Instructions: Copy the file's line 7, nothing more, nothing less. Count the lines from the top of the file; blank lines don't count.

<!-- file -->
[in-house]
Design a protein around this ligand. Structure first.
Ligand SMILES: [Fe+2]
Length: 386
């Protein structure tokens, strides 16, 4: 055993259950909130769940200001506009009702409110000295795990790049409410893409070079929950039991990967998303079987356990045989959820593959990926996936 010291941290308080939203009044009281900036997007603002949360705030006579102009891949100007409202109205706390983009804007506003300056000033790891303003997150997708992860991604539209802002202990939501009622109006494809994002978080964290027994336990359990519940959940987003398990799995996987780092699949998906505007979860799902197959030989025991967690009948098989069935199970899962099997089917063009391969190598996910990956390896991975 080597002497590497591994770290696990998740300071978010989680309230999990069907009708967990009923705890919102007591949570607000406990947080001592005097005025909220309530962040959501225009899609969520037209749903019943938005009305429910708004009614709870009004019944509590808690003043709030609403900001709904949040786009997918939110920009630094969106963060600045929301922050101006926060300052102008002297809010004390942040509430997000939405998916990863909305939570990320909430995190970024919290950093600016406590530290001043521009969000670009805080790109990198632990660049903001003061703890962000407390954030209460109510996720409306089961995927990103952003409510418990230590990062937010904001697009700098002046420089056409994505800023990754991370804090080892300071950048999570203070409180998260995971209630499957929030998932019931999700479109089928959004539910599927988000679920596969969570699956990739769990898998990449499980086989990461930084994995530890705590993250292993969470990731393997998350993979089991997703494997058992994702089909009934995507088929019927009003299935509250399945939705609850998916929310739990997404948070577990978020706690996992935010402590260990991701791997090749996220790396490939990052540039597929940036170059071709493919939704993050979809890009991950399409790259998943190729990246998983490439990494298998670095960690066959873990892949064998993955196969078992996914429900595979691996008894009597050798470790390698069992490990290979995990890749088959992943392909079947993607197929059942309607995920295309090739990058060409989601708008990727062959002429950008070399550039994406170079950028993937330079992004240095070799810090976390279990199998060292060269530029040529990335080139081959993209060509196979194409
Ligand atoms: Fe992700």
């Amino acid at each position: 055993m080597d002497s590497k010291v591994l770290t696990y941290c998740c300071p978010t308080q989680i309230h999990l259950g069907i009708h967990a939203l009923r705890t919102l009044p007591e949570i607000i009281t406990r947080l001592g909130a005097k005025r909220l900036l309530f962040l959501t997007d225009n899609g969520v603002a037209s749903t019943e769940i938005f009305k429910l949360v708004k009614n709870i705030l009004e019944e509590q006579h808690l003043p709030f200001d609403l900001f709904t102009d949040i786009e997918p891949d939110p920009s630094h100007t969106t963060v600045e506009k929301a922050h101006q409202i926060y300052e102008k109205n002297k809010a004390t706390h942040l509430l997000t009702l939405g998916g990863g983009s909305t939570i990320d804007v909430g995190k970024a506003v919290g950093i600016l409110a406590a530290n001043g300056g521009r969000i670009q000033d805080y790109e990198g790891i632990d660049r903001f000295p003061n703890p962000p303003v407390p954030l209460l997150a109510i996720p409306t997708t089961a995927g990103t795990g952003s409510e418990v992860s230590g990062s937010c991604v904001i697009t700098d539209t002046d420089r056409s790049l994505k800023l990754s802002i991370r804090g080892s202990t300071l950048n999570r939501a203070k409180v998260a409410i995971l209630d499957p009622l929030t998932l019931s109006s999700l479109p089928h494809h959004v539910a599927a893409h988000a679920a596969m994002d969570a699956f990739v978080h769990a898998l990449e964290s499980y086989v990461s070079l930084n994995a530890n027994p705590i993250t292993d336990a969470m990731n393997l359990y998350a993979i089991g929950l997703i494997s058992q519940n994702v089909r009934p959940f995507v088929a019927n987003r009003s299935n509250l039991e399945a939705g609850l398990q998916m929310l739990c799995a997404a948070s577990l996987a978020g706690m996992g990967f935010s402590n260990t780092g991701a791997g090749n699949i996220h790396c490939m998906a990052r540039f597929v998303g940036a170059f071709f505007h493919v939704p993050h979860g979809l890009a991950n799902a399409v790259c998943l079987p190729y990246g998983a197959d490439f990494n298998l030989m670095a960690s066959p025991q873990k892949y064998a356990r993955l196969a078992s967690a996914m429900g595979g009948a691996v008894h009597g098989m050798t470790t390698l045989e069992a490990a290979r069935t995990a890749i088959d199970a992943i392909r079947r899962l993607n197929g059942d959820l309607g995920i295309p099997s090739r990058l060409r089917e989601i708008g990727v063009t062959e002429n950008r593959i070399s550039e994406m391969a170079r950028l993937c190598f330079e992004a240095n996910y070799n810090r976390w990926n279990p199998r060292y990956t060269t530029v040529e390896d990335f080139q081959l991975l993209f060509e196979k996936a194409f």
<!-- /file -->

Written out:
């Amino acid at each position: 055993m080597d002497s590497k010291v591994l770290t696990y941290c998740c300071p978010t308080q989680i309230h999990l259950g069907i009708h967990a939203l009923r705890t919102l009044p007591e949570i607000i009281t406990r947080l001592g909130a005097k005025r909220l900036l309530f962040l959501t997007d225009n899609g969520v603002a037209s749903t019943e769940i938005f009305k429910l949360v708004k009614n709870i705030l009004e019944e509590q006579h808690l003043p709030f200001d609403l900001f709904t102009d949040i786009e997918p891949d939110p920009s630094h100007t969106t963060v600045e506009k929301a922050h101006q409202i926060y300052e102008k109205n002297k809010a004390t706390h942040l509430l997000t009702l939405g998916g990863g983009s909305t939570i990320d804007v909430g995190k970024a506003v919290g950093i600016l409110a406590a530290n001043g300056g521009r969000i670009q000033d805080y790109e990198g790891i632990d660049r903001f000295p003061n703890p962000p303003v407390p954030l209460l997150a109510i996720p409306t997708t089961a995927g990103t795990g952003s409510e418990v992860s230590g990062s937010c991604v904001i697009t700098d539209t002046d420089r056409s790049l994505k800023l990754s802002i991370r804090g080892s202990t300071l950048n999570r939501a203070k409180v998260a409410i995971l209630d499957p009622l929030t998932l019931s109006s999700l479109p089928h494809h959004v539910a599927a893409h988000a679920a596969m994002d969570a699956f990739v978080h769990a898998l990449e964290s499980y086989v990461s070079l930084n994995a530890n027994p705590i993250t292993d336990a969470m990731n393997l359990y998350a993979i089991g929950l997703i494997s058992q519940n994702v089909r009934p959940f995507v088929a019927n987003r009003s299935n509250l039991e399945a939705g609850l398990q998916m929310l739990c799995a997404a948070s577990l996987a978020g706690m996992g990967f935010s402590n260990t780092g991701a791997g090749n699949i996220h790396c490939m998906a990052r540039f597929v998303g940036a170059f071709f505007h493919v939704p993050h979860g979809l890009a991950n799902a399409v790259c998943l079987p190729y990246g998983a197959d490439f990494n298998l030989m670095a960690s066959p025991q873990k892949y064998a356990r993955l196969a078992s967690a996914m429900g595979g009948a691996v008894h009597g098989m050798t470790t390698l045989e069992a490990a290979r069935t995990a890749i088959d199970a992943i392909r079947r899962l993607n197929g059942d959820l309607g995920i295309p099997s090739r990058l060409r089917e989601i708008g990727v063009t062959e002429n950008r593959i070399s550039e994406m391969a170079r950028l993937c190598f330079e992004a240095n996910y070799n810090r976390w990926n279990p199998r060292y990956t060269t530029v040529e390896d990335f080139q081959l991975l993209f060509e196979k996936a194409f």